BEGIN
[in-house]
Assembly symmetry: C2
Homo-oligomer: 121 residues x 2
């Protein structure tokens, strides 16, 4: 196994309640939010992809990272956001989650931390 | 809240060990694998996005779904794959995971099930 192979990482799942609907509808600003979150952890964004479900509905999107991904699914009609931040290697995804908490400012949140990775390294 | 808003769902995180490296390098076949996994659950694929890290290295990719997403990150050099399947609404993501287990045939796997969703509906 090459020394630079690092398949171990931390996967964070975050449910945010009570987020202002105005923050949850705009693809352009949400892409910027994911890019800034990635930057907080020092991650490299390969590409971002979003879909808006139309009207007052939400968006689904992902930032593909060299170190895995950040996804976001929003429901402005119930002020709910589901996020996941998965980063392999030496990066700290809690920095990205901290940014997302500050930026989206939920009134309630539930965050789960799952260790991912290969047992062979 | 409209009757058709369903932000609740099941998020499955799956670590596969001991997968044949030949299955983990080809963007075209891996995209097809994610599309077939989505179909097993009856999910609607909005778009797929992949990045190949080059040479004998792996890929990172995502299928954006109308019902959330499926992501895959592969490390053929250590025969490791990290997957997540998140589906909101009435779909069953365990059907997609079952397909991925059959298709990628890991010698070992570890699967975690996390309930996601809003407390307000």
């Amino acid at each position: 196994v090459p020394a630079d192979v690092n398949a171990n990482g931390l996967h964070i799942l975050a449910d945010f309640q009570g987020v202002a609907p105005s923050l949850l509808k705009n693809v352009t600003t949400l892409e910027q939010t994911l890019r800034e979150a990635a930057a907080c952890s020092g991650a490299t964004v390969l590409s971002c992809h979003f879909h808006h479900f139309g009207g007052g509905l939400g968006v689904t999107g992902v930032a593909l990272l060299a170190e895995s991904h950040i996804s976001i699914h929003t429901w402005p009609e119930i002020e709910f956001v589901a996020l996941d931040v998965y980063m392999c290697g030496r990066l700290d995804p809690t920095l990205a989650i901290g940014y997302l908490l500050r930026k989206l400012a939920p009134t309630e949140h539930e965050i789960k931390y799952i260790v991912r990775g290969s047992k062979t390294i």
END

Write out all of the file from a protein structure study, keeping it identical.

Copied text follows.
[in-house]
Assembly symmetry: C2
Homo-oligomer: 121 residues x 2
């Protein structure tokens, strides 16, 4: 196994309640939010992809990272956001989650931390 | 809240060990694998996005779904794959995971099930 192979990482799942609907509808600003979150952890964004479900509905999107991904699914009609931040290697995804908490400012949140990775390294 | 808003769902995180490296390098076949996994659950694929890290290295990719997403990150050099399947609404993501287990045939796997969703509906 090459020394630079690092398949171990931390996967964070975050449910945010009570987020202002105005923050949850705009693809352009949400892409910027994911890019800034990635930057907080020092991650490299390969590409971002979003879909808006139309009207007052939400968006689904992902930032593909060299170190895995950040996804976001929003429901402005119930002020709910589901996020996941998965980063392999030496990066700290809690920095990205901290940014997302500050930026989206939920009134309630539930965050789960799952260790991912290969047992062979 | 409209009757058709369903932000609740099941998020499955799956670590596969001991997968044949030949299955983990080809963007075209891996995209097809994610599309077939989505179909097993009856999910609607909005778009797929992949990045190949080059040479004998792996890929990172995502299928954006109308019902959330499926992501895959592969490390053929250590025969490791990290997957997540998140589906909101009435779909069953365990059907997609079952397909991925059959298709990628890991010698070992570890699967975690996390309930996601809003407390307000």
């Amino acid at each position: 196994v090459p020394a630079d192979v690092n398949a171990n990482g931390l996967h964070i799942l975050a449910d945010f309640q009570g987020v202002a609907p105005s923050l949850l509808k705009n693809v352009t600003t949400l892409e910027q939010t994911l890019r800034e979150a990635a930057a907080c952890s020092g991650a490299t964004v390969l590409s971002c992809h979003f879909h808006h479900f139309g009207g007052g509905l939400g968006v689904t999107g992902v930032a593909l990272l060299a170190e895995s991904h950040i996804s976001i699914h929003t429901w402005p009609e119930i002020e709910f956001v589901a996020l996941d931040v998965y980063m392999c290697g030496r990066l700290d995804p809690t920095l990205a989650i901290g940014y997302l908490l500050r930026k989206l400012a939920p009134t309630e949140h539930e965050i789960k931390y799952i260790v991912r990775g290969s047992k062979t390294i």